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RESEARCH PAPERS

# Assessment of Very High Order of Accuracy in Implicit LES models

[+] Author and Article Information
Andrew Mosedale

Fluid Mechanics & Computational Science Group, Aerospace Sciences Department, School of Engineering, Cranfield University, Cranfield MK43 0AL, United Kingdoma.d.mosedale@cranfield.ac.uk

Dimitris Drikakis

Fluid Mechanics & Computational Science Group, Aerospace Sciences Department, School of Engineering, Cranfield University, Cranfield MK43 0AL, United Kingdomd.drikakis@cranfield.ac.uk

J. Fluids Eng 129(12), 1497-1503 (Jul 27, 2007) (7 pages) doi:10.1115/1.2801374 History: Received February 15, 2007; Revised July 27, 2007

## Abstract

This paper looks at the use of high-resolution and very high-order methods for implicit large-eddy simulation (ILES), with the specific example of simulating the multicomponent two-dimensional single-mode Richtmyer–Meshkov instability for which experimental data is available. The two gases are air and SF6, making stringent demands on the models used in the code. The interface between the two gases is initialized with a simple sinusoidal perturbation over a wavelength of $59mm$, and a shock of strength Mach 1.3 is passed through this interface. The main comparison is between the second-order monotone upwind-centered scheme for conservation law methods of van Leer (1979, “Towards the Ultimate Conservative Difference Scheme  ,” J. Comput. Phys.32, pp. 101–136) and the current state-of-the-art weighted essentially nonoscillatory interpolation, which is presented to ninth order, concentrating on the effect on resolution of the instability on coarse grids. The higher-order methods as expected provide better resolved and more physical features than the second-order methods on the same grid resolution. While it is not possible to make a definitive statement, the simulations have indicated that the extra time required for the higher-order reconstruction is less than the time saved by being able to obtain the same or better accuracy at lower computational cost (fewer grid points). It should also be noted that all simulations give a good representation of the growth rate of the instability, comparing very favorably to the experimental results, and as such far better than the currently existing theoretical models. This serves to further indicate that the ILES approach is capable of providing accurately physical information despite the lack of any formal subgrid model.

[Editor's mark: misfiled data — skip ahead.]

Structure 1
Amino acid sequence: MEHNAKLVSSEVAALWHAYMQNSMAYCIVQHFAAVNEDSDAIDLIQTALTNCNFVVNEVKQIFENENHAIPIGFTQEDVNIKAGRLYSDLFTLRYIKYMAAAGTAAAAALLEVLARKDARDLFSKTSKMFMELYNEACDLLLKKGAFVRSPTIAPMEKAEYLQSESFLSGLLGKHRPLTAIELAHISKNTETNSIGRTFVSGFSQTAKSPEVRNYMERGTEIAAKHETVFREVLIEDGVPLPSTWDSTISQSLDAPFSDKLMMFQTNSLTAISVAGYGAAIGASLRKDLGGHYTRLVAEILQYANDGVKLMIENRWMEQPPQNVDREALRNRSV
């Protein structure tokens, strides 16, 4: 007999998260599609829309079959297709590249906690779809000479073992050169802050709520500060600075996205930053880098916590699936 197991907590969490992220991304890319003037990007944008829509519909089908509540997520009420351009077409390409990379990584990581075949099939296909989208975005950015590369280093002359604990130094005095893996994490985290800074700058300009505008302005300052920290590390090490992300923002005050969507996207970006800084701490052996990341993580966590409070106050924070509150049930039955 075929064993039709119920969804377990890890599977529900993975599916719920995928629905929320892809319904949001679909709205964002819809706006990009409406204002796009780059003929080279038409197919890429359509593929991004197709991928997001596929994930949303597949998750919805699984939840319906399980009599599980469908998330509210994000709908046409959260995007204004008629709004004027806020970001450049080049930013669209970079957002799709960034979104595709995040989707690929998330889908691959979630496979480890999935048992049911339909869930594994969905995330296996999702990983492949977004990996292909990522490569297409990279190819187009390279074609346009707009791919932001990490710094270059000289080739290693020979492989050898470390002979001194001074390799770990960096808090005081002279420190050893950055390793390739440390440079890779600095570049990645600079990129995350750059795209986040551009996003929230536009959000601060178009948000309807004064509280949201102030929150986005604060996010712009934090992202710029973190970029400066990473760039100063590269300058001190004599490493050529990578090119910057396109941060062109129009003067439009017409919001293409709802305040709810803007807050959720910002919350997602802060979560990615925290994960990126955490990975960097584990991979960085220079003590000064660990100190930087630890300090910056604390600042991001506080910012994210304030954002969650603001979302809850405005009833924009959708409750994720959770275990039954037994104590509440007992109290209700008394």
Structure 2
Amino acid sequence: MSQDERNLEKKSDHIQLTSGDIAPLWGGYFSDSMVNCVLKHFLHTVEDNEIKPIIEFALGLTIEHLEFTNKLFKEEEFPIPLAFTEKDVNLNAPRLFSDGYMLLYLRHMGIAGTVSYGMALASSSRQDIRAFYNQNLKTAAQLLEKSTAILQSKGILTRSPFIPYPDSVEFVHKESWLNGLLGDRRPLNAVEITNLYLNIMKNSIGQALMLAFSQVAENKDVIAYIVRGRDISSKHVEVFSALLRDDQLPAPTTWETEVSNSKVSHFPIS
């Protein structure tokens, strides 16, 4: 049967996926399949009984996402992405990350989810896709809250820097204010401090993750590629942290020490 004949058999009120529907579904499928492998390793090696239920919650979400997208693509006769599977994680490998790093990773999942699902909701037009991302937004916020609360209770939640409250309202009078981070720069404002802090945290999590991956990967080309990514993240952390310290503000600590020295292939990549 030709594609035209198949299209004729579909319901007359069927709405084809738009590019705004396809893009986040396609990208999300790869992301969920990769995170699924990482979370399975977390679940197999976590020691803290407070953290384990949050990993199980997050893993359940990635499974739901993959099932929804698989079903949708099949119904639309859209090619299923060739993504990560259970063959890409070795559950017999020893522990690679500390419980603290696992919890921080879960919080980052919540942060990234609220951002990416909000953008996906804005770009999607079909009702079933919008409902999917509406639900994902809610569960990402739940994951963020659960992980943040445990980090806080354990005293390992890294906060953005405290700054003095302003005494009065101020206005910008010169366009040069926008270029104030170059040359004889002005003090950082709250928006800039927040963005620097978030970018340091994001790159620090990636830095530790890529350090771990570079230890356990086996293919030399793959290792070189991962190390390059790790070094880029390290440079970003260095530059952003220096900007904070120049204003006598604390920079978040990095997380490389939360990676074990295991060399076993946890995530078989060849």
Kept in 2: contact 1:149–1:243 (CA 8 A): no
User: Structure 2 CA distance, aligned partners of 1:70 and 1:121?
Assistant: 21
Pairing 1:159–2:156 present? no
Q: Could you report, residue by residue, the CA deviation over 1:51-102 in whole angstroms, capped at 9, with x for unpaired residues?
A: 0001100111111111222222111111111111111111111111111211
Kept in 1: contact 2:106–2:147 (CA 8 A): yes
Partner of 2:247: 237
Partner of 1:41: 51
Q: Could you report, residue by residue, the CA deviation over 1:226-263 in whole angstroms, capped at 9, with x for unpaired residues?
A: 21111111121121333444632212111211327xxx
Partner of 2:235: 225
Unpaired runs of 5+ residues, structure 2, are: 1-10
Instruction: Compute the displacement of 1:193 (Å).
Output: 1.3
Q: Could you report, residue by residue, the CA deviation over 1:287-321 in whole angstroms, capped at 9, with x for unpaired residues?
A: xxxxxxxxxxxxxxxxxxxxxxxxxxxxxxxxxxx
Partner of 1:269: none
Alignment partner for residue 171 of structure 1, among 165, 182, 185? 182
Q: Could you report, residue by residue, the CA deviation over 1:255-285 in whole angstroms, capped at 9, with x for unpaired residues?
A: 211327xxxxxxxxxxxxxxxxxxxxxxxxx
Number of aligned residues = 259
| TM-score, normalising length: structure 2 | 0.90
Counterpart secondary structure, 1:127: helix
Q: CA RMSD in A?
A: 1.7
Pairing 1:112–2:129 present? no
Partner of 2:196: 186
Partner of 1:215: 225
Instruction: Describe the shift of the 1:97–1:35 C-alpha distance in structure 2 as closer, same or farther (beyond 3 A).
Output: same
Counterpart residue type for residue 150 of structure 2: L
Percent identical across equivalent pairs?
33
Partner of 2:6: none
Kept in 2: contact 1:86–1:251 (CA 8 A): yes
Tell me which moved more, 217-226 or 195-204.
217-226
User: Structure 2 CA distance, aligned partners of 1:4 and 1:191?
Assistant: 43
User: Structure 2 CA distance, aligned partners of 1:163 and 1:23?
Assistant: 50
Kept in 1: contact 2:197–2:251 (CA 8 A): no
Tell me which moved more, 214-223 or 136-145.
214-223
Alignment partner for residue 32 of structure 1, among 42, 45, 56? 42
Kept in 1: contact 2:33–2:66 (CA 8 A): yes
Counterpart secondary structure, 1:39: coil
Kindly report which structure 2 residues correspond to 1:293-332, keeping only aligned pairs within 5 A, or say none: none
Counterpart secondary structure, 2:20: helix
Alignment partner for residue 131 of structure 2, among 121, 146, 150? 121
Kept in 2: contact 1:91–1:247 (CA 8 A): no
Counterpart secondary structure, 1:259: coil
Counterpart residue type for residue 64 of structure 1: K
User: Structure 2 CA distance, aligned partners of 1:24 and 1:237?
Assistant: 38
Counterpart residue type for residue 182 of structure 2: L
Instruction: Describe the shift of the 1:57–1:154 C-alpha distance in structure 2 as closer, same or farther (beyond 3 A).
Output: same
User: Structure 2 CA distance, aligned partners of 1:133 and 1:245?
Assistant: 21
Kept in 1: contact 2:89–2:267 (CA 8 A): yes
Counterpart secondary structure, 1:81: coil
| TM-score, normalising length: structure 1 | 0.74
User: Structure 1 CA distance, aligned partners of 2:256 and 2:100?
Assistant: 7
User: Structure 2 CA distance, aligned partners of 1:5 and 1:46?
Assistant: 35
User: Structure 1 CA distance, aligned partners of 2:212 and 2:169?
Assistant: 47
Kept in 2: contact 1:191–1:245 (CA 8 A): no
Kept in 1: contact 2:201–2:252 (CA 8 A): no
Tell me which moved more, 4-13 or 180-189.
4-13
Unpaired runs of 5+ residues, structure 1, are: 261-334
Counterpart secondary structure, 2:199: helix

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## Figures

Figure 1

Plot of volume fraction of SF6 showing the development of the instability over time, using fifth-order WENO on 80×240 grid, based on a sharp initial interface

Figure 2

Volume fraction plots of Richtmyer–Meshkov simulations with No. of cells per wavelength and reconstruction method (VL: second-order van Leer, W5: fifth-order WENO, W9: ninth-order WENO) for sharp initial interface and Atwood No. of 0.692

Figure 3

Growth of instability, as predicted by different methods (lines), compared to experimental measurements (circles relate to equivalent problem, and triangles to a weaker shock case), nondimensionalized

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